Having managed the National Malaria Control Programme (NMCP) for over a decade, Dr. Bart-Plange needs no reminder that waging a war against malaria is a herculean task given that Ghana’s malaria status is hyper-endemic and transmission being high throughout the year.

In fact Dr Bart-Plange could do with the advantage of her companions in places like Kenya and South Africa where malaria is not hyper-endemic and transmission is seasonal.  

She says, “Countries like Zambia and Zanzibar are making a lot of progress. In fact, Zanzibar is almost at the elimination stage. Rwanda is also doing well because they have seasonal transmission. They also have support from the top. The President is ensuring that rules are enforced. But comparing Ghana to our West African countries, we are doing well.”

Dr Bart-Plange’s task is to co-ordinate a public-private partnership of hundreds of stakeholders working together to scale up prevention, diagnostic and treatment programmes and develop new tools to control and eliminate malaria.

It has not been all rosy. Ghana’s number one anti-malaria advocate has seen the bad times (including personal attacks) and now relishes the good times in malaria control.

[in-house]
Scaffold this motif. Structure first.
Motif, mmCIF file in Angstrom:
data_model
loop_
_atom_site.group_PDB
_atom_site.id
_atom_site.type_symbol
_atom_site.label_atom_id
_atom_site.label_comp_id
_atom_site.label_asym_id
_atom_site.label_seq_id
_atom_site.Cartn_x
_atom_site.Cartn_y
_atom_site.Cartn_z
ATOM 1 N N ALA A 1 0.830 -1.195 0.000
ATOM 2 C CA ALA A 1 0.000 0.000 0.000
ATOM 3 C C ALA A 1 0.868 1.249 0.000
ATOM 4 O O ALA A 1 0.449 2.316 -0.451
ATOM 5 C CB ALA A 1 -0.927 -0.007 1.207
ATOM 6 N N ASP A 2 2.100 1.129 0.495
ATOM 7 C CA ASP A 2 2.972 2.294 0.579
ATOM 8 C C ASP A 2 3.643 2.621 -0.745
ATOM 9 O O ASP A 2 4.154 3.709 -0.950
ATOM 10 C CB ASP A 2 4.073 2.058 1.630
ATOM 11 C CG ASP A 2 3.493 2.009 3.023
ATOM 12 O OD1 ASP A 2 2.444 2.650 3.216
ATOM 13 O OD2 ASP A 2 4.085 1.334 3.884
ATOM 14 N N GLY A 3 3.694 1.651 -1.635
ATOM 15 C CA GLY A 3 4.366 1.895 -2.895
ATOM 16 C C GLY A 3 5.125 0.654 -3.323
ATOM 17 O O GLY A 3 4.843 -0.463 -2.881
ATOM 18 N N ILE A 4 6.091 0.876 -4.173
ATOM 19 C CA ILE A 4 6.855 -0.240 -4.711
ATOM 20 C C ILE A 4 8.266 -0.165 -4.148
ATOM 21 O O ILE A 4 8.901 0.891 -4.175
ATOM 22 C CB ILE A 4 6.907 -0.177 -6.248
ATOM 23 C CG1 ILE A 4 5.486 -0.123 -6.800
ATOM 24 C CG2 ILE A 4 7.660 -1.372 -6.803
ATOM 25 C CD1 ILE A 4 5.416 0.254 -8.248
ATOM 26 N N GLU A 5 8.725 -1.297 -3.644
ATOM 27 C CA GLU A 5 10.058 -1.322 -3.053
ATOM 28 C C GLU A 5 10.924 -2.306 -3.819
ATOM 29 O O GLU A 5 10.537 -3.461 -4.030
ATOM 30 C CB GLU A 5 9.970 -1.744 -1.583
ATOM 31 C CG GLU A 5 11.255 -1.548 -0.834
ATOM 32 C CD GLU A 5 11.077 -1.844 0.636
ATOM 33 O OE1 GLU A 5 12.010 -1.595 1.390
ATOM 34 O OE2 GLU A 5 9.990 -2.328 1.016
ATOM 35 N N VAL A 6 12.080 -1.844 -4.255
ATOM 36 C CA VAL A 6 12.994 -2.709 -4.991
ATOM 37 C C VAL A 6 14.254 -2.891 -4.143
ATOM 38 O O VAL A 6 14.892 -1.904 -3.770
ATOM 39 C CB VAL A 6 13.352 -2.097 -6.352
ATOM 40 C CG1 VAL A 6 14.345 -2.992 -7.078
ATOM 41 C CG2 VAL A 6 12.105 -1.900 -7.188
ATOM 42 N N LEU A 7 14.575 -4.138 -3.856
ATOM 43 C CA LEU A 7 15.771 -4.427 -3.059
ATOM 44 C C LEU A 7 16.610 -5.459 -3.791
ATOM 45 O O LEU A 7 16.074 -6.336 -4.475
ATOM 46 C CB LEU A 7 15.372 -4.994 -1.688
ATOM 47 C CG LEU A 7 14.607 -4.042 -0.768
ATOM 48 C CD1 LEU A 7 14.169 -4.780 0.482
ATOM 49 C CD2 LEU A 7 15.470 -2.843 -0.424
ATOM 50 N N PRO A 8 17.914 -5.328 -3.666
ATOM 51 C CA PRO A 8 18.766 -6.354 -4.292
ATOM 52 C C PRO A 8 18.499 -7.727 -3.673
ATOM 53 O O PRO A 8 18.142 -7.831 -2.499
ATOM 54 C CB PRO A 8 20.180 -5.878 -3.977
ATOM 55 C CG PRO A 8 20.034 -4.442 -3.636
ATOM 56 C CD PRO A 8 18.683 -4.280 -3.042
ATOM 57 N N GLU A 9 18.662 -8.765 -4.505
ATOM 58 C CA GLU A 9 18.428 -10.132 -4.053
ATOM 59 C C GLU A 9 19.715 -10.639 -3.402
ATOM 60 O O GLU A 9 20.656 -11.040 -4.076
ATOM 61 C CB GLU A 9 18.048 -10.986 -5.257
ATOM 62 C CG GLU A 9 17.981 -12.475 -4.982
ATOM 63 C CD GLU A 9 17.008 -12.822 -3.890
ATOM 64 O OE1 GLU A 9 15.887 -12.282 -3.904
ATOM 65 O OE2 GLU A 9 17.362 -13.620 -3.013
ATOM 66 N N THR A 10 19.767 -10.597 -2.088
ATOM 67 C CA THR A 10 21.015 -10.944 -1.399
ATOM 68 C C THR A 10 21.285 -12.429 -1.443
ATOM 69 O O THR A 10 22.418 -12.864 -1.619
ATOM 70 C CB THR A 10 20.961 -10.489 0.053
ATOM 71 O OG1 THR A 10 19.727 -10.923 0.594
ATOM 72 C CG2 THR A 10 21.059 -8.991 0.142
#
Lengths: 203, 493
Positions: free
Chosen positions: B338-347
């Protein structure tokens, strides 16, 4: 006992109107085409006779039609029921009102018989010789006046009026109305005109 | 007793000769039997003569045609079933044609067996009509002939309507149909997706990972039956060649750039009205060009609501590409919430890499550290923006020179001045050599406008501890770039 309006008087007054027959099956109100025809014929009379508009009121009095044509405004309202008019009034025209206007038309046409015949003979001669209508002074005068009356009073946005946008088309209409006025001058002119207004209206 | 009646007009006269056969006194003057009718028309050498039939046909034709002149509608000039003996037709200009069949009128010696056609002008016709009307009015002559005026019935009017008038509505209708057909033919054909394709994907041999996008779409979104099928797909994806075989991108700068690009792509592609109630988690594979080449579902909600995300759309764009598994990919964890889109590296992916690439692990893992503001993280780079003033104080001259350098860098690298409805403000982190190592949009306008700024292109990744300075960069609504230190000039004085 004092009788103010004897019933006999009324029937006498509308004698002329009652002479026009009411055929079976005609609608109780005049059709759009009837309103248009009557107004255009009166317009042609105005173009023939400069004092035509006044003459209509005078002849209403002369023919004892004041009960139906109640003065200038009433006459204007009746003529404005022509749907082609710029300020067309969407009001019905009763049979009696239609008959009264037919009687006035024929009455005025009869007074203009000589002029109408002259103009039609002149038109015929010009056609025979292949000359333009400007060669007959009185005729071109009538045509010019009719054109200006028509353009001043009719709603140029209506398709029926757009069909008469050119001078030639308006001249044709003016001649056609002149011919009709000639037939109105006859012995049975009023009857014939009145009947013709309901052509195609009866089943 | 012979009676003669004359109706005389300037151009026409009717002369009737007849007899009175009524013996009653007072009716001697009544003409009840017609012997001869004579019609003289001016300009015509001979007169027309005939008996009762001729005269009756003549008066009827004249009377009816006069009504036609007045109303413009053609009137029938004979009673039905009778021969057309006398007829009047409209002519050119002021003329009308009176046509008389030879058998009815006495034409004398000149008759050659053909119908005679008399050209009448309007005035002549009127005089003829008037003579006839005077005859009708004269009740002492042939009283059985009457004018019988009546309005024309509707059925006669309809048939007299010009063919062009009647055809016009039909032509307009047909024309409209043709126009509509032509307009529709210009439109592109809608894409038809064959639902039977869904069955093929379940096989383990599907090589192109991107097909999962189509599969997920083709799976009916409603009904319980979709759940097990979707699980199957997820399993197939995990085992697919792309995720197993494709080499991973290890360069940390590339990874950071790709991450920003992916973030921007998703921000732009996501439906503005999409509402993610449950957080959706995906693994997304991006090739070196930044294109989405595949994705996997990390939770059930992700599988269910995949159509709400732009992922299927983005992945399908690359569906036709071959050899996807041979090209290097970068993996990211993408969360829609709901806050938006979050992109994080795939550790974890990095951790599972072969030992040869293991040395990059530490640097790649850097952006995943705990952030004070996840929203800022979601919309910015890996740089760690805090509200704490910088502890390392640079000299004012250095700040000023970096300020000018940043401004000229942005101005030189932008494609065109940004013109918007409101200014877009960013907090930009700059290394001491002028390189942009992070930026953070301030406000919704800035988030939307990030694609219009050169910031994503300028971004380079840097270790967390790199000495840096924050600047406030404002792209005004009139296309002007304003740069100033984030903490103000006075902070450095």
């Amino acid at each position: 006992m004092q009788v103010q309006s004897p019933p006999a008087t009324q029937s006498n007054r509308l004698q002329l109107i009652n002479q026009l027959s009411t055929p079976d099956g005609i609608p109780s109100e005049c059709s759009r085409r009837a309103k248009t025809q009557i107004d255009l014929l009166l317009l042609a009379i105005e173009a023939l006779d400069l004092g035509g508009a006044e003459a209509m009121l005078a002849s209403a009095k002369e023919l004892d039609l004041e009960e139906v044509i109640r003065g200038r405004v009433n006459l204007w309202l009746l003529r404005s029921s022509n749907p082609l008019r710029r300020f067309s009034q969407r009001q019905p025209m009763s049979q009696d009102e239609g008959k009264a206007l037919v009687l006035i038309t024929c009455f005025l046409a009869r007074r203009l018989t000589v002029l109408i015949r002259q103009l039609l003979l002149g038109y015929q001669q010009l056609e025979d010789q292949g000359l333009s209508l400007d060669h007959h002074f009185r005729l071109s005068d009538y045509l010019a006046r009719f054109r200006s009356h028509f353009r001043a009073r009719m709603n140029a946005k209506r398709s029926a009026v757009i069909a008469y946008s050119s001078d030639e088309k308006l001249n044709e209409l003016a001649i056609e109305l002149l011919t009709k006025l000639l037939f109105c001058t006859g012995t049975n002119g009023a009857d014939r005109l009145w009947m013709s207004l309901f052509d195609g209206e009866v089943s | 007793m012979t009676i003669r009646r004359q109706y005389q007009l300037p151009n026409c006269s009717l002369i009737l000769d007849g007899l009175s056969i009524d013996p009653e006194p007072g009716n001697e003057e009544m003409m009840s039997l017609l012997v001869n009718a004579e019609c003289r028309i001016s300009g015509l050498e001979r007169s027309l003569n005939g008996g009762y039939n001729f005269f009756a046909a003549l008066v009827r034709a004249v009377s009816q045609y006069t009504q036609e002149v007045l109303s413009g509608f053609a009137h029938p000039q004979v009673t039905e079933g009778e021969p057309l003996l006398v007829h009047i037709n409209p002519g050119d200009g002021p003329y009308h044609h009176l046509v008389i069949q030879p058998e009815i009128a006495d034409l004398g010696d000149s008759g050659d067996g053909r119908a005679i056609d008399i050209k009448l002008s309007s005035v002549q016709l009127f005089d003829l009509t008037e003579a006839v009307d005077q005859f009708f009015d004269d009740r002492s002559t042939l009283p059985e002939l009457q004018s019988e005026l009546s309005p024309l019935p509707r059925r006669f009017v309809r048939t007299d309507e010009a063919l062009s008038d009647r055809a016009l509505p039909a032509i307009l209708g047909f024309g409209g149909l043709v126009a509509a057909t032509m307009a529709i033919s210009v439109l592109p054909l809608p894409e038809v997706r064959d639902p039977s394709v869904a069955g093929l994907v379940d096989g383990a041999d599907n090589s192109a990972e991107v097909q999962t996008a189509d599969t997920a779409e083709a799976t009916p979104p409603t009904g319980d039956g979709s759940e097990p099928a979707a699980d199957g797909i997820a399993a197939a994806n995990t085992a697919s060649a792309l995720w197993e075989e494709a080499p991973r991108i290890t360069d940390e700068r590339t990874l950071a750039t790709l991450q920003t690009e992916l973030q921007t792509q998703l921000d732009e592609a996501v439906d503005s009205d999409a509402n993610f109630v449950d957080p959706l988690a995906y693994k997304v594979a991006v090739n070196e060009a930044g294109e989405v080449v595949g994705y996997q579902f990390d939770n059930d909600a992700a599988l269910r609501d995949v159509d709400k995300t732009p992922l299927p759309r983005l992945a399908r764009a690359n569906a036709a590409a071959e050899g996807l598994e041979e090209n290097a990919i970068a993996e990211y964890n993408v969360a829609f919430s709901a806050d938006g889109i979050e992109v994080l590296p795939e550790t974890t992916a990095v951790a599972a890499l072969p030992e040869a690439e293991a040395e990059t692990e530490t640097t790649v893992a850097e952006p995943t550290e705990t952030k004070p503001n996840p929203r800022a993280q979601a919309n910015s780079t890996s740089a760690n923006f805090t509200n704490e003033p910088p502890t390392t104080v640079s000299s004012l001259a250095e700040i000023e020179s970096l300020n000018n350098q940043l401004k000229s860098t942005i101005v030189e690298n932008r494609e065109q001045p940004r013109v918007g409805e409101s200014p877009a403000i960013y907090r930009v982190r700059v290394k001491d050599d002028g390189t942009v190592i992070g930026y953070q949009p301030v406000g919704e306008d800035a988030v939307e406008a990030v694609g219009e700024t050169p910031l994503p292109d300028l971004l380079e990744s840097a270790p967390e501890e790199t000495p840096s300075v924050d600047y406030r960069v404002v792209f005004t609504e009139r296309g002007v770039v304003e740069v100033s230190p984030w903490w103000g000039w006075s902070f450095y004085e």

Looking back at the days when the NMCP needed about six (6) million bed nets for Ghanaians but only procured 174,100, Dr Bart-Plange reports with joy that over the past one year alone NMCP has distributed close to 10 million.

Her tenure over the 10-year period has seen a sustained advocacy culminating in the removal of taxes on malaria commodities and drugs and a government directive that 0.5% of district assembly funds be dedicated to malaria.

Among her achievements over the 10-year period is the averting of about 160,000 malaria deaths in Ghana.  

“Our records show that in the early 2,000s, we were recording about 40,000 deaths annually due to malaria. As of last year the number had dropped to 3,400. We have done the Multiple Indicator Cluster Survey in 2011, as conducted by the Statistical Service, and had good results.